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favor of the “ peculiar institution,” they were carefully collected, and ingeniously and eloquently applied by Mr. O'Conor. At no time for the last twenty years has this course been popular in New York, or indeed in any part of the North ; but for the last seven or eight years it has been decidedly unpopular. This no one knew better than he; and instead of being discouraged by it he has not unfrequently turned it to the benefit of his client. Thus, for example, in his closing argument in the Lemmon slave case, the following passage occurs :

“I will now make a few remarks in reply to the argument on the general subject of negro slavery. On that topic, my learned friends enjoy, in this latitude, the privilege of saying as many witty things as they please, with the certainty of receiving applanse from a portion of their auditors. It requires but little firmness to speak in the midst of a friendly circle, and in conformity with its opinions. It requires but little effort of the imagination to introduce, in such a position, tropes and figures that will please those who surround us, and that will draw forth exhibitions of an adverse sentiment towards the stranger who may be present, seeking a disfavored right, or against the advocate who may venture to assert that right in his behalf. This privilegemy learned friends enjoy. They are welcome to it. I am sure I could not, here, turn the laugh upon them; and I would not wish to do it if I could. For, in my opinion, at this time, under the circumstances by which we are surrounded, the honorable citizen who can langh on this subject must first forget his moral duty. He may have an honest heart and a good understanding, but for the time he must be insensible to the just influences of either. The question before ps is not a laughing matter.---Rep.of Lemmon Slave Case, N. Y. Court of Appeals,

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p. 115.

One of O'Conor's greatest merits as an orator is, that he addressės himself to no subject without embodying principles and inculcating precepts to which all must assent, and which, let their application in any particular instance be what it may, are undeniably instructive and suggestive in themselves; and we think it may be added that he owes much of his success as an advocate to the same characteristic. Thus all will admit that the speaker who has public opinion on his side, as intimated in the extract just quoted, can please and consequently convince his audience much more easily than one placed in the opposite position ; and the fact, when judiciously introduced, as in this case, cannot fail to influence the jury. The opponents of the pro-slavery advocate very naturally seek to avail themselves of the favorable position in which they are placed; but with the skill of a dexterous fencing-master he parries their thrusts as follows :

“So much for that argument. It is illegitimate, and unsound.

“My learned friend who last addressed the Court, has also observed that this case was presented to your consideration on my part, with soft phrases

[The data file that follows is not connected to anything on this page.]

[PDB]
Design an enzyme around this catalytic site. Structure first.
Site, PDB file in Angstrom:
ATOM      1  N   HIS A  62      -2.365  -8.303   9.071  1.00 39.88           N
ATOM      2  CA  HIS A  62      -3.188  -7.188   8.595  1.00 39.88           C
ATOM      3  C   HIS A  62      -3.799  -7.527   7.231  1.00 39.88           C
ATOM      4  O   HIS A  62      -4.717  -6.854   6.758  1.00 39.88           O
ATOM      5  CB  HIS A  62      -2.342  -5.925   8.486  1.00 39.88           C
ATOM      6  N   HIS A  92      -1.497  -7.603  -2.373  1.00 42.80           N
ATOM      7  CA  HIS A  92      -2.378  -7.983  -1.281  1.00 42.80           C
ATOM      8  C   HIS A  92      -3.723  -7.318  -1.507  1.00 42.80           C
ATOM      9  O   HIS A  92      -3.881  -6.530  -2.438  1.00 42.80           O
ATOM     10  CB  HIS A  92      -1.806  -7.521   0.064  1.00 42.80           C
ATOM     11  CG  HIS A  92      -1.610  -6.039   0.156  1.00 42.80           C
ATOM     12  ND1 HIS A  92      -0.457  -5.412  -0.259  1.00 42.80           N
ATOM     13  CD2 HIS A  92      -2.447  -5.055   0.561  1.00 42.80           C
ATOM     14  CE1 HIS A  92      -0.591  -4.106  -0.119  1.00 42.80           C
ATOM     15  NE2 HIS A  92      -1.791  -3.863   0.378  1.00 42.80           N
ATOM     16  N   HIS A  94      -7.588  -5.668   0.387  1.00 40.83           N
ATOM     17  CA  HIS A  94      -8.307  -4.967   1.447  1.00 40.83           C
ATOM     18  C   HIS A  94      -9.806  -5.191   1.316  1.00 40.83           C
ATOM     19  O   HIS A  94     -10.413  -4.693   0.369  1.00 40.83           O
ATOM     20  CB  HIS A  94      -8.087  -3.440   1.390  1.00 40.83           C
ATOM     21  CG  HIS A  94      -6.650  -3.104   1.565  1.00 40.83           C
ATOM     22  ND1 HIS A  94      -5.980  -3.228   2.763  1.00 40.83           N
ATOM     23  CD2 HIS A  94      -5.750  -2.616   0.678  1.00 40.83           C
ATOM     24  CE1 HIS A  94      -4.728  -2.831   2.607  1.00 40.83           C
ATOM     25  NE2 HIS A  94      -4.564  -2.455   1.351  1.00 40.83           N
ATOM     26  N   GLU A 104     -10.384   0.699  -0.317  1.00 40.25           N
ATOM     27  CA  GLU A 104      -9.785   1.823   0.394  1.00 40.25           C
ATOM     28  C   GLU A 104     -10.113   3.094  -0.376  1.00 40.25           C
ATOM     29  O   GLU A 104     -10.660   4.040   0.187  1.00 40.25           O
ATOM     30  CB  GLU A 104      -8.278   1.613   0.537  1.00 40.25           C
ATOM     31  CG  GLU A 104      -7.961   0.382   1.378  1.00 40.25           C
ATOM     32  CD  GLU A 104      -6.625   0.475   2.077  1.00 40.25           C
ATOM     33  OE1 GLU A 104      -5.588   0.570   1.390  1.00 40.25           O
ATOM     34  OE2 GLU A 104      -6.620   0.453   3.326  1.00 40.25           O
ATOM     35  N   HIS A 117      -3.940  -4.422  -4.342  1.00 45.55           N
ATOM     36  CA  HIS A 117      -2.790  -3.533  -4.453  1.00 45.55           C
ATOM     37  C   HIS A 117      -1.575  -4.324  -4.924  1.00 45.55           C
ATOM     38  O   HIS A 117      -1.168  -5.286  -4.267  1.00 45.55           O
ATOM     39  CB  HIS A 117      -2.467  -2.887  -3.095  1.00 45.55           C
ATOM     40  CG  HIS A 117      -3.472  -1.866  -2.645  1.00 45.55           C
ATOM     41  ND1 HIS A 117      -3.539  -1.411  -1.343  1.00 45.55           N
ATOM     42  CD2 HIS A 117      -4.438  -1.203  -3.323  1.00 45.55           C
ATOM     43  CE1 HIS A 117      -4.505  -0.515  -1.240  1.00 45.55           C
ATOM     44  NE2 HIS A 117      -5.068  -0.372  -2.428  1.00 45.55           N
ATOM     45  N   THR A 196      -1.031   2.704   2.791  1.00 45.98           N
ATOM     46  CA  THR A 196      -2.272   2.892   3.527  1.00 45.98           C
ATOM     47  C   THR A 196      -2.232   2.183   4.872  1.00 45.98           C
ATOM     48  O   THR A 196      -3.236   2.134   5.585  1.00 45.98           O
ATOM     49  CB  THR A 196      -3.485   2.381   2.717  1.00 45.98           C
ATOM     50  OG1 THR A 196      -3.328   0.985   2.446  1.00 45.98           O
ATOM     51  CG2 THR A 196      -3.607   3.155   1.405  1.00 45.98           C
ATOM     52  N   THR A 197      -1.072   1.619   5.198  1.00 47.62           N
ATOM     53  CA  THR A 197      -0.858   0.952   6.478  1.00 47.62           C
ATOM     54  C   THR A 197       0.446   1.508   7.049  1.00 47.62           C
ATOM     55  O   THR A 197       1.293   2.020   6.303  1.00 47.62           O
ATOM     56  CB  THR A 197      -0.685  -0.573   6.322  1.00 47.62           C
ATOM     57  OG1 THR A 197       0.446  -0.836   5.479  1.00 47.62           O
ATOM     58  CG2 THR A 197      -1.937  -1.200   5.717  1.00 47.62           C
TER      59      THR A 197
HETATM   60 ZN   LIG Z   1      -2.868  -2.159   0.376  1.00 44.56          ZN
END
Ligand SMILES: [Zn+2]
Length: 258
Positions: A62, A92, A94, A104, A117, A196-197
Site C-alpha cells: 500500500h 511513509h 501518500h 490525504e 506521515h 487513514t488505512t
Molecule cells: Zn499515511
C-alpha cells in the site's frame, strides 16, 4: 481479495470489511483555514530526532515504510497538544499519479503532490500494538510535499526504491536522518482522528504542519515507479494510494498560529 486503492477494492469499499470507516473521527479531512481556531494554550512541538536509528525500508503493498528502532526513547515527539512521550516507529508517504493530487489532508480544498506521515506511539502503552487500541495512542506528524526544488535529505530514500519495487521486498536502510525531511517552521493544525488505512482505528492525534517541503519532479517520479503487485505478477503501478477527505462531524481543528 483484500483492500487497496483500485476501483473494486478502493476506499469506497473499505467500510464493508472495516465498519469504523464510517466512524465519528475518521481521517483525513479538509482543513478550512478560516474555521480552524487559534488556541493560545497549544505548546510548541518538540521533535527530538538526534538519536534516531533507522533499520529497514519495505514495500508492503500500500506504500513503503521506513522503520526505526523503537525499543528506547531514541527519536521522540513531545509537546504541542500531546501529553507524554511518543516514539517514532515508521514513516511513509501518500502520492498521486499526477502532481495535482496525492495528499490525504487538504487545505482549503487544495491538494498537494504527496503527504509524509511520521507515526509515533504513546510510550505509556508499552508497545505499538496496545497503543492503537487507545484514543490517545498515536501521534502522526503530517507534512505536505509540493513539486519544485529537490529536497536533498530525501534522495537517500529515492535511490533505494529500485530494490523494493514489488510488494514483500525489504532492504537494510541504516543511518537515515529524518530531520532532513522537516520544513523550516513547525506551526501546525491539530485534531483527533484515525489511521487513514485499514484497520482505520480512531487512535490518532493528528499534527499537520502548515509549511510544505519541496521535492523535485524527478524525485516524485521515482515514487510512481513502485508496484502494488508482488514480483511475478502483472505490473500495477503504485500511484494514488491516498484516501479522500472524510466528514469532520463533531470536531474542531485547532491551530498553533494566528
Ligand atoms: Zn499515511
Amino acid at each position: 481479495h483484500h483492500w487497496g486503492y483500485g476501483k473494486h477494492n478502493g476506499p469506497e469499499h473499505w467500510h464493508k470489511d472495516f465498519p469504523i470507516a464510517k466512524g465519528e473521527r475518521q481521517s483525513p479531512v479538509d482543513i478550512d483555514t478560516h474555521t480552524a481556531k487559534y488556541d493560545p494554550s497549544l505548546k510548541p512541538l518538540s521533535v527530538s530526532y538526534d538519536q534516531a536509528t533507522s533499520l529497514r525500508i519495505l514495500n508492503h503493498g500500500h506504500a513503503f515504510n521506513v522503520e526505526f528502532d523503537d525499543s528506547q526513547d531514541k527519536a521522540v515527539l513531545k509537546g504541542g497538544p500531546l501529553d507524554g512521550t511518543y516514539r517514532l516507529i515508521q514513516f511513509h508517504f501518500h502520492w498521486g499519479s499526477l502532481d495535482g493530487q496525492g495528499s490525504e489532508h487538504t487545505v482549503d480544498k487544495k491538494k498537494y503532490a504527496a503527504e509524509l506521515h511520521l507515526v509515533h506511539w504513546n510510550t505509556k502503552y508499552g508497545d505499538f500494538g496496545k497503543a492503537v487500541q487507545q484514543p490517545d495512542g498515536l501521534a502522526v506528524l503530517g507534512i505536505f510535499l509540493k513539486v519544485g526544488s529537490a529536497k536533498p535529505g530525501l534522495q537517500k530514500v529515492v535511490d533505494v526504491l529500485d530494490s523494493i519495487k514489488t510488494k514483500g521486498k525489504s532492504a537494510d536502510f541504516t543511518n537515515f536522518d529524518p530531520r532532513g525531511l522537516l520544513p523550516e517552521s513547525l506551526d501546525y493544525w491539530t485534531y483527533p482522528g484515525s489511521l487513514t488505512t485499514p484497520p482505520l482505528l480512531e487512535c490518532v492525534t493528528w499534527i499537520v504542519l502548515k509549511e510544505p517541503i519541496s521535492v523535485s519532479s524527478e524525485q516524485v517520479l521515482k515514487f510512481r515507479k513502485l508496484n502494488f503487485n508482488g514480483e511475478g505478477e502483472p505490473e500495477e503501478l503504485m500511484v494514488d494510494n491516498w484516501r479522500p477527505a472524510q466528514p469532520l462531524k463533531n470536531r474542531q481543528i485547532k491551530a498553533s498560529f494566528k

and intricate sentences; that much had been said with a purpose to draw attention, or which had the effect of drawing attention away from the subject in hand, and that I had avoided a reference to general principles. I appeal confidently to your Honors' judgment whether my course in this argument has not been mainly a reference to general principles, and whether it has not been marked by a desire to avoid mere details. If it be true that I have fallen into the vice, or adopted the virtue-whichever it may be called—of using over-soft phrases, I ought surely to be forgiven, for it is my first offence. And as to intricate sentences, if I have offended in that way, it certainly verifies the saying, that a certain kind of communication has a certain effect upon manners. It is a new thing in my experience to be accused of uttering soft phrases, and as to the relative proportion of intricate sentences uttered in this debate, I think I can safely submit to a comparison. In that particular, at least, the learned counsel will be found to have far excelled. If the argument presented on our part in this case is remarkable for anything, it is for the simple pointblank directness with which it meets the emergency. On this head I confidently appeal to the closest scrutiny. Intricate sentences ! My learned friend has not read a sentence from our brief, or pointed out a single intricacy. Our argument may be all wrong, but it is direct. It is unmis. takable in its import; it is easily understood. Whether it can be easily refuted, your Honors, or some authoritative tribunal, will determine."'Rep. of L. S. C., p. 117.

But however much we may blame Mr. O'Conor for the powerful aid he has given the cause of slavery by his superior talents, we must admit that, after all, his most powerful efforts are those in favor of the weak against the strong. In proof of this we need only mention two of his numerous cases, namely, that of Richard G. Fowles v. Henry C. Bowen, and that of Catharine N. Forrest 0. Edwin Forrest. In the former he appears as the advocate and vindicator of a poor clerk sought to be disgraced and ruined by his employer; in the latter, as the advocate and vindicator of a woman sought to be cast off and disgraced by her husband. In neither case had he any adequate pecuniary reward to expect ; even his enemies are obliged to acquit him, however reluctantly, of all selfish motive in both cases. He believed Mr. Fowles, as well as Mre. Forrest, to be innocent; and accordingly he did his best for him as well as for her, and with a result equally successful as far as it went. Both trials are still fresh in the public memory, for each awakened a profound in terest.